Ph: 260-438-0411 Fax: 260-818-2022
                                                                                     Twitter: @business901
                          What others say: In the past 20 years, Joe and I have collaborated on many
                          difficult issues. Joe's ability to combine his expertise with "out of the box"
                          thinking is unsurpassed. He has always delivered quickly, cost effectively and
                          with ingenuity. A brilliant mind that is always a pleasure to work with." James R.

Joe Dager is President of Business901, a progressive company providing direction in areas such as Lean
Marketing, Product Marketing, Product Launches and Re-Launches. As a Lean Six Sigma Black
Belt, Business901 provides and implements marketing, project and performance planning methodologies
in small businesses. The simplicity of a single flexible model will create clarity for your staff and as a result
better execution. My goal is to allow you spend your time on the need versus the plan.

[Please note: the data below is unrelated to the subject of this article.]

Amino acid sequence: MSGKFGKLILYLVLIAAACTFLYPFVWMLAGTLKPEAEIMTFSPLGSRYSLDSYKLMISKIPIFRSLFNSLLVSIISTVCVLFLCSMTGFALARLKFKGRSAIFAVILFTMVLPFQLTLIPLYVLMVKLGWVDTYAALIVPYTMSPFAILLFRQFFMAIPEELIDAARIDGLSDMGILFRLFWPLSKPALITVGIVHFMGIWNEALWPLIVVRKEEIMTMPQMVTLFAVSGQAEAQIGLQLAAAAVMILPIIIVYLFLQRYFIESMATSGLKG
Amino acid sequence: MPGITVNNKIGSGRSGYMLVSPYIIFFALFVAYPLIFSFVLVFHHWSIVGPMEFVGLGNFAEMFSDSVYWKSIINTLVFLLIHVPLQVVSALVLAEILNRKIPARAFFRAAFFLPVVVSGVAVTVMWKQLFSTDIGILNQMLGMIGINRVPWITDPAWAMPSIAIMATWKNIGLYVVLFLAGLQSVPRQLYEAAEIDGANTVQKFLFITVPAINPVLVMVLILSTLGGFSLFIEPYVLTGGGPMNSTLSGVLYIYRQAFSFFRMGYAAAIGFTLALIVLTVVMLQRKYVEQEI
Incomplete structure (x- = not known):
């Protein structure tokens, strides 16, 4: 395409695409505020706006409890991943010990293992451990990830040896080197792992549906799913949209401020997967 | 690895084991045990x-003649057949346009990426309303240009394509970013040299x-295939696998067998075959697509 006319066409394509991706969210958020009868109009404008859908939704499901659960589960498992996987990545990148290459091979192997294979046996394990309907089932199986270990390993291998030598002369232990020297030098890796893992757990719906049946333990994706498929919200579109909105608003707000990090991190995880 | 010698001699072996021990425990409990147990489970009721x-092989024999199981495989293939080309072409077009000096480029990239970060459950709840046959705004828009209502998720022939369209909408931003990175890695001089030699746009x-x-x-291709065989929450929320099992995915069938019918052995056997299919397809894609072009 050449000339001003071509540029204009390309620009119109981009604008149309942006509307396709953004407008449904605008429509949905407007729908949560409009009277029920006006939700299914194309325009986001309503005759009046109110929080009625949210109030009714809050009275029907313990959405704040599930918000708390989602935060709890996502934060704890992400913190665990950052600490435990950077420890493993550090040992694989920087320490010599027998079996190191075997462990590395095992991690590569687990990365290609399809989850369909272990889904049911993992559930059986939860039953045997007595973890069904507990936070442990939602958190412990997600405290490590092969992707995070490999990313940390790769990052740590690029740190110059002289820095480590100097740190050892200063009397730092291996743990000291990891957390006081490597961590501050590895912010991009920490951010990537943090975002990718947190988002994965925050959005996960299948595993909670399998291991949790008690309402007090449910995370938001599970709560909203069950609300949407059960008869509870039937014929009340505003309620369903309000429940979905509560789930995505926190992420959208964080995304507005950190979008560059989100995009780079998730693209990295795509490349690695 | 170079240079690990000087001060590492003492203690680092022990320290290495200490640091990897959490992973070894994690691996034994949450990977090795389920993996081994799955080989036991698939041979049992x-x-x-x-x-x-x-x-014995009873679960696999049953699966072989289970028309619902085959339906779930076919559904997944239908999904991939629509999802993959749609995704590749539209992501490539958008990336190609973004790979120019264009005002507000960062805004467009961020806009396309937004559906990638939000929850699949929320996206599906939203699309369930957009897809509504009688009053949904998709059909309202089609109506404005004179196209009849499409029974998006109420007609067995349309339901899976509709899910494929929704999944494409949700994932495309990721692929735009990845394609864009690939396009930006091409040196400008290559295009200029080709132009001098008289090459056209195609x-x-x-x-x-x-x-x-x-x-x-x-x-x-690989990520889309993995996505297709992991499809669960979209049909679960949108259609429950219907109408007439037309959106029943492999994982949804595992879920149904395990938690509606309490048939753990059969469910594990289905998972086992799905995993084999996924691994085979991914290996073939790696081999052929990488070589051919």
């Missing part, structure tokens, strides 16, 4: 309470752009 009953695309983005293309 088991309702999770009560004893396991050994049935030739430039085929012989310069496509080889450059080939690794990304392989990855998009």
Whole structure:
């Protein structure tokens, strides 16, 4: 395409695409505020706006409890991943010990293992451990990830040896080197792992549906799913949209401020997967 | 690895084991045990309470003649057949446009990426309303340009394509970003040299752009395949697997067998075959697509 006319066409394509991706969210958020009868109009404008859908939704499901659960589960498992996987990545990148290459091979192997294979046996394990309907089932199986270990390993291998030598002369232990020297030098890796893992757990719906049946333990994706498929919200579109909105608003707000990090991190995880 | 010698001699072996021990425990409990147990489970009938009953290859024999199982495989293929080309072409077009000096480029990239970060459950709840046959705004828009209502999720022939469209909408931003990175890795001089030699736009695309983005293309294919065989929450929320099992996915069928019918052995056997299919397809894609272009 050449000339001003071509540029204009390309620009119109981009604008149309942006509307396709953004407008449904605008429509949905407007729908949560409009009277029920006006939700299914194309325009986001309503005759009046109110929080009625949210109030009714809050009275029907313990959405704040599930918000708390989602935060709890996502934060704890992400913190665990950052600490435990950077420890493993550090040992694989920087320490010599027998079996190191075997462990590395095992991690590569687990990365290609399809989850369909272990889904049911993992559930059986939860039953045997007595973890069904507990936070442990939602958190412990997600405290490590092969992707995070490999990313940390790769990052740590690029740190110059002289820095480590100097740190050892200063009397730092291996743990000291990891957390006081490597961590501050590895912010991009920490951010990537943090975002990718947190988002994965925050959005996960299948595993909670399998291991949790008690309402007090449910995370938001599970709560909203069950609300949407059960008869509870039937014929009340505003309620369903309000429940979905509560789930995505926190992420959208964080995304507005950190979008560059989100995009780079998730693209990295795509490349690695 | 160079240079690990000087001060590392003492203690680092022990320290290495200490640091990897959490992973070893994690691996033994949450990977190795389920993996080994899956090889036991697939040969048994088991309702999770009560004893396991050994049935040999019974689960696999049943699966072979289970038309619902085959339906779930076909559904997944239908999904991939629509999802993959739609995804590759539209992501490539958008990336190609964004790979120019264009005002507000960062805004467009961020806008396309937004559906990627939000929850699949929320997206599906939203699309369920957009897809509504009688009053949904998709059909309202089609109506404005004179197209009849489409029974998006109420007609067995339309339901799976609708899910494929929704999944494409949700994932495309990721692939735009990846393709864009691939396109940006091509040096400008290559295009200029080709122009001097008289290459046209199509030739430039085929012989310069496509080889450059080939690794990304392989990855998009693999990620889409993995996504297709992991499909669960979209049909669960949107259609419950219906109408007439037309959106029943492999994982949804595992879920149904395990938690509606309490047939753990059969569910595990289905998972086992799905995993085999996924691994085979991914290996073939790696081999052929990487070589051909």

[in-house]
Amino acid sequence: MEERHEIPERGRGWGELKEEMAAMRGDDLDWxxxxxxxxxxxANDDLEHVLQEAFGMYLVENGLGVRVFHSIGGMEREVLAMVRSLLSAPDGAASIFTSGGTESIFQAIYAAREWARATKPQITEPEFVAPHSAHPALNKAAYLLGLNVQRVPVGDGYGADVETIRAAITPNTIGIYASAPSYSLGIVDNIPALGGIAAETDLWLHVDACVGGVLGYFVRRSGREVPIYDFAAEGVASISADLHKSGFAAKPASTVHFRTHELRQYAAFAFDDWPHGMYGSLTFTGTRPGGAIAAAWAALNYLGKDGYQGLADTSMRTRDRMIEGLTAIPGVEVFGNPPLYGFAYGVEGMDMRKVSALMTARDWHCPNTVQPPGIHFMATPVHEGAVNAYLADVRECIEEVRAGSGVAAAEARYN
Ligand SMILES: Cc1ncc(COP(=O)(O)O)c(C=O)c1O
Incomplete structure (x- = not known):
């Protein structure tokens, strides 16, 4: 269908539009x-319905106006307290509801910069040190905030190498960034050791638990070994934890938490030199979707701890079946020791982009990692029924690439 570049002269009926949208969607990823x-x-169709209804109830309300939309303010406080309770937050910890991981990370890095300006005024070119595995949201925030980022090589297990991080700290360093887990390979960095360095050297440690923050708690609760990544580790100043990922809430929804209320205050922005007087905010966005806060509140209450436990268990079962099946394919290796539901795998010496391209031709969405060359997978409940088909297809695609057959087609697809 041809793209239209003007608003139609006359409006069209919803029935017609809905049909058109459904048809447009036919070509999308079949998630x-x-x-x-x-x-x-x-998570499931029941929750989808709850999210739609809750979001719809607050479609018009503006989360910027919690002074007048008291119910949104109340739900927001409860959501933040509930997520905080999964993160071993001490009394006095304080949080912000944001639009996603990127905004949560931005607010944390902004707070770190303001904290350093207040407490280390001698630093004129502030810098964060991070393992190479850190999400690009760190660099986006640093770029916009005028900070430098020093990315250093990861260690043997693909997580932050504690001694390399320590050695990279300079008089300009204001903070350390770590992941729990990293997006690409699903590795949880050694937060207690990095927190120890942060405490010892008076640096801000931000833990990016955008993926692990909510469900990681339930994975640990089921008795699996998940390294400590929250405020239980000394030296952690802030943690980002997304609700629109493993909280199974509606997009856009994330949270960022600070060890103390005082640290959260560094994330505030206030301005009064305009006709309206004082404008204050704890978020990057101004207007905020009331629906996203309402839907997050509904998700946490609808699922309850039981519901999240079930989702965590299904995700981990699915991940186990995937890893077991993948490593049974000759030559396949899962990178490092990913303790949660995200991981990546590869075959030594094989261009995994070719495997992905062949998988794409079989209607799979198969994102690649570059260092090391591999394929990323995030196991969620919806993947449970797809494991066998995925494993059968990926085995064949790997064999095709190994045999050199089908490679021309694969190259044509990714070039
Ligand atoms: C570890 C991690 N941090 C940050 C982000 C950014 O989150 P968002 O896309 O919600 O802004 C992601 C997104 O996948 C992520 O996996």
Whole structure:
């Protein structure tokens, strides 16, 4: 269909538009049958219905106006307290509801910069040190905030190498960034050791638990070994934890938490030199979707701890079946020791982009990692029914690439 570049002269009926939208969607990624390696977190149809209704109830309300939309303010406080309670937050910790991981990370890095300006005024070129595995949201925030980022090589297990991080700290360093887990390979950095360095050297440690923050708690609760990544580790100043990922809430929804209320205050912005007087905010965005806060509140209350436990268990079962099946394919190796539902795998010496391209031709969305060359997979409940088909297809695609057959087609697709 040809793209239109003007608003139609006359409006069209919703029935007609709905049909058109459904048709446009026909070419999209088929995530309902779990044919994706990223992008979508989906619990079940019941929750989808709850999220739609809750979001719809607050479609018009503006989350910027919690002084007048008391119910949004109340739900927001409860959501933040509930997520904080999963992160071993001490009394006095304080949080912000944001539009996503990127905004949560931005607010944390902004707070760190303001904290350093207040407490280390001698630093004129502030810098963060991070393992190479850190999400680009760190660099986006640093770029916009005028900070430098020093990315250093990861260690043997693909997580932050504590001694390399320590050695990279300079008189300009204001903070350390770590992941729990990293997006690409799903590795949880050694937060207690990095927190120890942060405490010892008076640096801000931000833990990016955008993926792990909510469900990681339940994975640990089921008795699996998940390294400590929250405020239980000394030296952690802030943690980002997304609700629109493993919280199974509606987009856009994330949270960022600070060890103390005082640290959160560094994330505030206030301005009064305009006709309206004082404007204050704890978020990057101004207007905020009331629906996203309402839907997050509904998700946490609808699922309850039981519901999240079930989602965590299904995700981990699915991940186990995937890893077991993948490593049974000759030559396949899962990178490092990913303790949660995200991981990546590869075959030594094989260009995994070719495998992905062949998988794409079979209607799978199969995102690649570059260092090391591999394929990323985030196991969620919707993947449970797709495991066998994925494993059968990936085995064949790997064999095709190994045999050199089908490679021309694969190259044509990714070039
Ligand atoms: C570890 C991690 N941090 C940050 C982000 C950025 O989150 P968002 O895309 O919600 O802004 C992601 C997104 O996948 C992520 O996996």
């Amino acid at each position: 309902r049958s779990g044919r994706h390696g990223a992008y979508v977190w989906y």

An example of how we may work: Business901 could start with a consulting style utilizing an individual
from your organization or a virtual assistance that is well versed in our principles. We have capabilities
to plug virtually any marketing function into your process immediately. As proficiencies develop,
Business901 moves into a coach’s role supporting the process as needed. The goal of implementing a
system is that the processes will become a habit and not an event.

 Business901                                 Podcast Opportunity                               Expert Status
                           Can you Manage a Program, a Global Program?
                                              Copyright Business901

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Description: In this Business901 Podcast I had the pleasure of interviewing Paul Wagner, co-author of Global Program Management. Paula Wagner, PMP, is a senior project manager/senior business manager for CNN Broadcast Engineering System Technology at Turner Broadcasting Systems.
Joseph Dager Joseph Dager Owner
About Business901 is a progressive coaching company providing direction in areas such as Lean Six Sigma marketing and organized referral marketing. Joe provides practical information and immediately applicable direction that profoundly impacts the success of small and mid-sized businesses. His experience includes numerous start-ups, several turnarounds in variety of industries to include manufacturing, retail, and professional services to include marketing.